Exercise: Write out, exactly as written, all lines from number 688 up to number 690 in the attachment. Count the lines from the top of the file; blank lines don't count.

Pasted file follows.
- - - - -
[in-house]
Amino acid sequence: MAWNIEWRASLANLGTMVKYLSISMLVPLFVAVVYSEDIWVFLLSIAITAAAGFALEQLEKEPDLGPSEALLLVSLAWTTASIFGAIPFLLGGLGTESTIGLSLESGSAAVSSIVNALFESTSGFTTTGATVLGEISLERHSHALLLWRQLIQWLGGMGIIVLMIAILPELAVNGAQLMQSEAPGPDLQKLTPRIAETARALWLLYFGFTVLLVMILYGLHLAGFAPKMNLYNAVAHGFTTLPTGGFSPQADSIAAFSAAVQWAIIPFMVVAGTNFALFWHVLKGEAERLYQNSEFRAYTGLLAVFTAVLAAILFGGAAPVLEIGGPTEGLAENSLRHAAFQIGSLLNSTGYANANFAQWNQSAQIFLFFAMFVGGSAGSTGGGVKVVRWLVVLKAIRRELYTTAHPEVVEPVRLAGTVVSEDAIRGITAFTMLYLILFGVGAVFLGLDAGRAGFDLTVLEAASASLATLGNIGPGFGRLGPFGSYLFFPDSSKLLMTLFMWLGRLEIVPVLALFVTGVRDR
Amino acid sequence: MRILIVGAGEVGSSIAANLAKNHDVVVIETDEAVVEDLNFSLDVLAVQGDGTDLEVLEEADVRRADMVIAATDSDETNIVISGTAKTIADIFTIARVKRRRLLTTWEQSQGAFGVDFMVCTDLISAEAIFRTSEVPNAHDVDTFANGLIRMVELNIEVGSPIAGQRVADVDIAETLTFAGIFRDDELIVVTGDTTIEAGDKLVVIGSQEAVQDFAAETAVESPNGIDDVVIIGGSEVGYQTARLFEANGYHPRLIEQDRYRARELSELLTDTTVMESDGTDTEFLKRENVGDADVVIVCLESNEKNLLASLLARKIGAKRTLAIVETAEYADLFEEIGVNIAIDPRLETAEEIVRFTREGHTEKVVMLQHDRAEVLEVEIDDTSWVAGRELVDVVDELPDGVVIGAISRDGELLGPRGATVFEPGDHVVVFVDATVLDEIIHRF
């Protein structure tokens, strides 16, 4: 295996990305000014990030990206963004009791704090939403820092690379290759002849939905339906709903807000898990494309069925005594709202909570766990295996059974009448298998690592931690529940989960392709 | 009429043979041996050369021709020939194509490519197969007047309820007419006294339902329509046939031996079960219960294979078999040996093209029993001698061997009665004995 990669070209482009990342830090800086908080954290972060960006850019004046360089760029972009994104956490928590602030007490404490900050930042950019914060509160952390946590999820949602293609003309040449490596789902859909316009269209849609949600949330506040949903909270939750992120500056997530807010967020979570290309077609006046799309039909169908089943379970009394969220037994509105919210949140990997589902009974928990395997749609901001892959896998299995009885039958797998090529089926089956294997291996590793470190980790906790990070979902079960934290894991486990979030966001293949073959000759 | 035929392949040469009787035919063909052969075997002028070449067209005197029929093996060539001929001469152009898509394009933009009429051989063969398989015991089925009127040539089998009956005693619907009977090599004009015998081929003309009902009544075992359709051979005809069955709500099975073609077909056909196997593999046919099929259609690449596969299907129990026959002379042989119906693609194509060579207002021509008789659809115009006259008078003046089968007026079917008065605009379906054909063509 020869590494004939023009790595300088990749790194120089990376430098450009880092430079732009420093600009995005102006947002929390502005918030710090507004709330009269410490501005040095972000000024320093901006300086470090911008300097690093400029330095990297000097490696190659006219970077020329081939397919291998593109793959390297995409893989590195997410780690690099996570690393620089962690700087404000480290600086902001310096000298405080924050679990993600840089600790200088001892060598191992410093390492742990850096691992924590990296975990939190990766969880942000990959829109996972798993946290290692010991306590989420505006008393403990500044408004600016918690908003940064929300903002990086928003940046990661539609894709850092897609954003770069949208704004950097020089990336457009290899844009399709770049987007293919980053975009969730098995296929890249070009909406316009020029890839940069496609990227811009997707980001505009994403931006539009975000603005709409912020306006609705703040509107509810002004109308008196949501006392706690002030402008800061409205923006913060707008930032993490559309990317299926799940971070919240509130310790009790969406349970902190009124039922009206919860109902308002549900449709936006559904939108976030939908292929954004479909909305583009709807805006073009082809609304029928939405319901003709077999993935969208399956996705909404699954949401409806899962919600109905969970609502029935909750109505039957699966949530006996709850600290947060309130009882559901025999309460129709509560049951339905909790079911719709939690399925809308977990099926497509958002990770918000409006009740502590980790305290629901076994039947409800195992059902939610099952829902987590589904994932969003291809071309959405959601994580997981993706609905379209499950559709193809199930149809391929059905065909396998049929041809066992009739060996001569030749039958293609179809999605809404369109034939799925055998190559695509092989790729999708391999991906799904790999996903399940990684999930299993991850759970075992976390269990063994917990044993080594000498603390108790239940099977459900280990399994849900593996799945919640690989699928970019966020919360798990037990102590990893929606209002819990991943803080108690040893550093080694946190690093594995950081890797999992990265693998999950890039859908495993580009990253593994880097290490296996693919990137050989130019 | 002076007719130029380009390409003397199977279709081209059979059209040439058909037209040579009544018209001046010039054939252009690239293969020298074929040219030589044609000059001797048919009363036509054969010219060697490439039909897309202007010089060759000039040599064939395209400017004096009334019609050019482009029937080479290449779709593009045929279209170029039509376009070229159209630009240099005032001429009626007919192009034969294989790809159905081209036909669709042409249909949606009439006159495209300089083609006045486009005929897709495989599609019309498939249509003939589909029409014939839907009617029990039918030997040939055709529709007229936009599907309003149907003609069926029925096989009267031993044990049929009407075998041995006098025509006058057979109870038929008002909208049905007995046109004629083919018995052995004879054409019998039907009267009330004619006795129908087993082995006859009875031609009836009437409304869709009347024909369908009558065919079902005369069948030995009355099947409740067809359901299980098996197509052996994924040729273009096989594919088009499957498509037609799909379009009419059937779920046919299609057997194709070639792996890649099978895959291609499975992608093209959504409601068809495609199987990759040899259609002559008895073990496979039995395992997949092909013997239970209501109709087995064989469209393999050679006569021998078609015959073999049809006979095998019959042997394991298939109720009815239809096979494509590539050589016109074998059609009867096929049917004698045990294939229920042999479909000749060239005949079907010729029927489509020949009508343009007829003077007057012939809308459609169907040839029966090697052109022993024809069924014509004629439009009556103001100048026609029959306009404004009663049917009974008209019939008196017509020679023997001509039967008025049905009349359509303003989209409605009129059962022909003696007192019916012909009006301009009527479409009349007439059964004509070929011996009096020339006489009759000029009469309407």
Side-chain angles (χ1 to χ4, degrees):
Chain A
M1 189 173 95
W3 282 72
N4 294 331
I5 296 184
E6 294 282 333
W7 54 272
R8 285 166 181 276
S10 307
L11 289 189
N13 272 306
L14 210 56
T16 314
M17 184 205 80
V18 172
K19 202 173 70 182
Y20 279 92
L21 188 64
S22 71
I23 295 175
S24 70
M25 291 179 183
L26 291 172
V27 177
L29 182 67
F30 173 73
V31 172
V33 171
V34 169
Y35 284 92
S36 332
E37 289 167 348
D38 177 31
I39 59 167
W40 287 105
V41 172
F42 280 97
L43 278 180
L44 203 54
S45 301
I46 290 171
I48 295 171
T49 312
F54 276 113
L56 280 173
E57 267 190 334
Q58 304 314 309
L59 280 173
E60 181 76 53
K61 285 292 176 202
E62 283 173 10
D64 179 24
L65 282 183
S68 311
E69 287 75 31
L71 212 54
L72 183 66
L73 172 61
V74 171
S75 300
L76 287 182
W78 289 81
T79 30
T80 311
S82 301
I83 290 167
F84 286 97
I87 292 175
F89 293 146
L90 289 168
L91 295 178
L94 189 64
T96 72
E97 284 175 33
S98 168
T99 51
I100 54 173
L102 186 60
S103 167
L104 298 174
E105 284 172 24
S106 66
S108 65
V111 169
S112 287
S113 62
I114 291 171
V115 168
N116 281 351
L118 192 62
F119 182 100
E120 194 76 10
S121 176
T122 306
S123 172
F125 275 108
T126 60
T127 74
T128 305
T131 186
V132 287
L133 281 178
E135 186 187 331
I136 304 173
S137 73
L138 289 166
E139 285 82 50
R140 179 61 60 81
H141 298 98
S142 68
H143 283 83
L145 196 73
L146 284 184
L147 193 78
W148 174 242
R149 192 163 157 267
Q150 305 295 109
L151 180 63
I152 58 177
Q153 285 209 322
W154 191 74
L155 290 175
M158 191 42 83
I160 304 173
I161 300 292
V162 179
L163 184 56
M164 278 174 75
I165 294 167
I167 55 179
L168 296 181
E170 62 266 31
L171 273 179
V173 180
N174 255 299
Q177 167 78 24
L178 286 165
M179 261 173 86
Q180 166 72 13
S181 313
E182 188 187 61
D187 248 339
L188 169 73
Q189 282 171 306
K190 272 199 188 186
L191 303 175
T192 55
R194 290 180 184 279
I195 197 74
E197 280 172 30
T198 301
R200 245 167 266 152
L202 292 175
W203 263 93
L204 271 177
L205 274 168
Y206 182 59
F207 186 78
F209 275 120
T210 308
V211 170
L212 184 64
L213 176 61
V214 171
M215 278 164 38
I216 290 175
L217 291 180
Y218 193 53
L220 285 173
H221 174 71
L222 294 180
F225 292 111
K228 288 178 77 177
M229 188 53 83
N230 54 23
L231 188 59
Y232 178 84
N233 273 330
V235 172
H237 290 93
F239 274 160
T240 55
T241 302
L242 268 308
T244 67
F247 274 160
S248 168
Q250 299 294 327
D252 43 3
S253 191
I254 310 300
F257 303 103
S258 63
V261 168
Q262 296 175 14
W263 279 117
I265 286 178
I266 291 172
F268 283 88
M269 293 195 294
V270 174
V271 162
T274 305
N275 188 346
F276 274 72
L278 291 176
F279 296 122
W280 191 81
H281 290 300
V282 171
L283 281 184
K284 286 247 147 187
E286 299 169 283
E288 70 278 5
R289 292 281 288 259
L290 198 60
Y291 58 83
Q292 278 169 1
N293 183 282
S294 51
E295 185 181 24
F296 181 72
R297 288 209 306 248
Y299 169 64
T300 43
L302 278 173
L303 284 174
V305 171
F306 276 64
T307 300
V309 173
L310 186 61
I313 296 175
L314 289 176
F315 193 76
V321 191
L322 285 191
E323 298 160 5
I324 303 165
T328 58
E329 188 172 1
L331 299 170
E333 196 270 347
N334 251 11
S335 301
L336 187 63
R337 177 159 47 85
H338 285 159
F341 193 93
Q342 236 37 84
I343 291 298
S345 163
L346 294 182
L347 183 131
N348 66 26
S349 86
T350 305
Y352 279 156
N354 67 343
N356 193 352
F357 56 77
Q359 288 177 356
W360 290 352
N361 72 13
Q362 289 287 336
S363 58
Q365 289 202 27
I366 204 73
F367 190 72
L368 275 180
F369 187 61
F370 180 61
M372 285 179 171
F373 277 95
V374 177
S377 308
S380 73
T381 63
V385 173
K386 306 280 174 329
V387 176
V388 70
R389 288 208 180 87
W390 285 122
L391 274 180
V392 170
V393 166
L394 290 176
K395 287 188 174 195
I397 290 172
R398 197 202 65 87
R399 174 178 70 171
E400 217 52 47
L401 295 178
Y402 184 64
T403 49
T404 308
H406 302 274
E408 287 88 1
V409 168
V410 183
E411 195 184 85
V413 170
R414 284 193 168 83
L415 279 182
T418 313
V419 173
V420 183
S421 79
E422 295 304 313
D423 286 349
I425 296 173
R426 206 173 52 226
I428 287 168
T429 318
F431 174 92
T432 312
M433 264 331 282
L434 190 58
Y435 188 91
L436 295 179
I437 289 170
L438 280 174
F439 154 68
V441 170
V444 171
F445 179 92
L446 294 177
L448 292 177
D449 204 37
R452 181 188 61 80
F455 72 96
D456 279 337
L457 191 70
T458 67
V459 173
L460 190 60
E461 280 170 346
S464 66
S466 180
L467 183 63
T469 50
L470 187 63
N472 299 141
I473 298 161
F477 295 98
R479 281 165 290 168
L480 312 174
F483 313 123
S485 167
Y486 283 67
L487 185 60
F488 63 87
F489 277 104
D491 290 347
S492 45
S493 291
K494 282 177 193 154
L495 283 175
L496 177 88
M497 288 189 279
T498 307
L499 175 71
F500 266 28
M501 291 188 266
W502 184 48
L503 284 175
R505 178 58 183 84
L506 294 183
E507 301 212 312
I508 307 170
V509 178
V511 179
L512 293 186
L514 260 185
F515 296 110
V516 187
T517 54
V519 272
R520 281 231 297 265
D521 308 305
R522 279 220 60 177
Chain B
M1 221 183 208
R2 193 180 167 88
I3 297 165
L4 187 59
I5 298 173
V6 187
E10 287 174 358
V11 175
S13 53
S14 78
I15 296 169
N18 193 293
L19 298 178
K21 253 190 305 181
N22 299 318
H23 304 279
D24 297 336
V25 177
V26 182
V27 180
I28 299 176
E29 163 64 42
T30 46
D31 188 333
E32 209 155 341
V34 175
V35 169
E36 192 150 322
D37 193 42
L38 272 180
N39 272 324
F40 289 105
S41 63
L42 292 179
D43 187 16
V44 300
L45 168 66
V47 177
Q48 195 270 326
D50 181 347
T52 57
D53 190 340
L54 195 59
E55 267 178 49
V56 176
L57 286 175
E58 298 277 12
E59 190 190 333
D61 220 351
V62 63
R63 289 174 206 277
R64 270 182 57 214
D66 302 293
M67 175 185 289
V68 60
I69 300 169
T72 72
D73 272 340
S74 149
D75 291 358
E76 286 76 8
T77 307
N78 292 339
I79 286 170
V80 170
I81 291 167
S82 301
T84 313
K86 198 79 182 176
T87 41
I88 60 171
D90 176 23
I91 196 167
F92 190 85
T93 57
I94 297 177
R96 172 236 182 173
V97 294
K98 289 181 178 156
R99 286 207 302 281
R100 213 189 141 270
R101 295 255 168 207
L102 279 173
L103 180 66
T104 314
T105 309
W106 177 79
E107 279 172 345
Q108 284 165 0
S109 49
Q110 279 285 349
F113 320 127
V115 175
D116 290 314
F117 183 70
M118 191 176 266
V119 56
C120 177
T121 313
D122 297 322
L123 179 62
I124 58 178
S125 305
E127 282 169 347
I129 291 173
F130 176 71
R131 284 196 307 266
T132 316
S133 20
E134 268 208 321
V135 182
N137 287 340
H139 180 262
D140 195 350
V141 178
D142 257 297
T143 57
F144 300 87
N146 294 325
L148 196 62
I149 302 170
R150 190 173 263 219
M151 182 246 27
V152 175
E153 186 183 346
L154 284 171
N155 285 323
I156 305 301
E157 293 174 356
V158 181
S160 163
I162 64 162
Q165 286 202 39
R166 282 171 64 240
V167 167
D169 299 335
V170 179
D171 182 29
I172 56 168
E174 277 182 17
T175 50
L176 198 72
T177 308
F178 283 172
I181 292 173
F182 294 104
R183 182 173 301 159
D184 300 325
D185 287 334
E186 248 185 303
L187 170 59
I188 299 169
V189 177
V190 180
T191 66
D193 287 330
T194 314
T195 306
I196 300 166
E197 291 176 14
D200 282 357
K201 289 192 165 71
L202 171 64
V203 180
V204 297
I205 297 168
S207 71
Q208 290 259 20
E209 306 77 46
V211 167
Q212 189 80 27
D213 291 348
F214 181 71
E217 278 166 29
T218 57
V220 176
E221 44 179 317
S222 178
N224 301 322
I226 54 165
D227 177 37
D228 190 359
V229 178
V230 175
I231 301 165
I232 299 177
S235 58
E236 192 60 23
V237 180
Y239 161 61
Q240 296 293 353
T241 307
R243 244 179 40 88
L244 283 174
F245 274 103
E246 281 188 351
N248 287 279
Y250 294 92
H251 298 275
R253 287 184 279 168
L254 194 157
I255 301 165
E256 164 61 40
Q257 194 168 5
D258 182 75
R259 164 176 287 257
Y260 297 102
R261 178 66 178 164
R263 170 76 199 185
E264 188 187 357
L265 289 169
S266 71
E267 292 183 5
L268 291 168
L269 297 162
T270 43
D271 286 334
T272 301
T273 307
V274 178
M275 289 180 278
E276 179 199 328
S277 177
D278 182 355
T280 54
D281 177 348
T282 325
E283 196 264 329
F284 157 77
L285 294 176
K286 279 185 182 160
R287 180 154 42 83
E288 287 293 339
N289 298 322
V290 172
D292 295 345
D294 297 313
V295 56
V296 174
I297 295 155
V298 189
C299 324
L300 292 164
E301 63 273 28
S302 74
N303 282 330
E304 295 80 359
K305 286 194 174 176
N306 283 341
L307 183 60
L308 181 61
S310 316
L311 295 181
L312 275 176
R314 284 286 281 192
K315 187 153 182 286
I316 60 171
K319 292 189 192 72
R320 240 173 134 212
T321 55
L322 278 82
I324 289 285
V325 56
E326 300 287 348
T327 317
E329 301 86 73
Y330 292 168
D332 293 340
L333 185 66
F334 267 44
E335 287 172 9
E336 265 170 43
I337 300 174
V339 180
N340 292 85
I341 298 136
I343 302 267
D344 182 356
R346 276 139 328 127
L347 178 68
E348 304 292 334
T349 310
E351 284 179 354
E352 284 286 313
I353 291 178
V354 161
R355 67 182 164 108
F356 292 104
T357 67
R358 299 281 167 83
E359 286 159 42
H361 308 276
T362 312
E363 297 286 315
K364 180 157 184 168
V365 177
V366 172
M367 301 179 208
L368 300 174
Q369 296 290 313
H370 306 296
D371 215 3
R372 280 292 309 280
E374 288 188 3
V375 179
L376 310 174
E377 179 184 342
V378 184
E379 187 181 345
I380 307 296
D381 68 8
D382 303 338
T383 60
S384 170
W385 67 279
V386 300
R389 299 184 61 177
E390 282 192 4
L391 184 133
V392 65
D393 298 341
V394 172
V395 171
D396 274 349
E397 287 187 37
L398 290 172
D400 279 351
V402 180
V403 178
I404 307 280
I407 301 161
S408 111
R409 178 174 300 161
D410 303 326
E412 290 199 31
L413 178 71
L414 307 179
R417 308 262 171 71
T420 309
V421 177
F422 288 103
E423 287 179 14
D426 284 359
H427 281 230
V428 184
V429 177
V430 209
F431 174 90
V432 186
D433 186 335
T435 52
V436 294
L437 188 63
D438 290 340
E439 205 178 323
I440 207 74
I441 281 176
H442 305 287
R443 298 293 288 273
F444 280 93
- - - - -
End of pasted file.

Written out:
Q369 296 290 313
H370 306 296
D371 215 3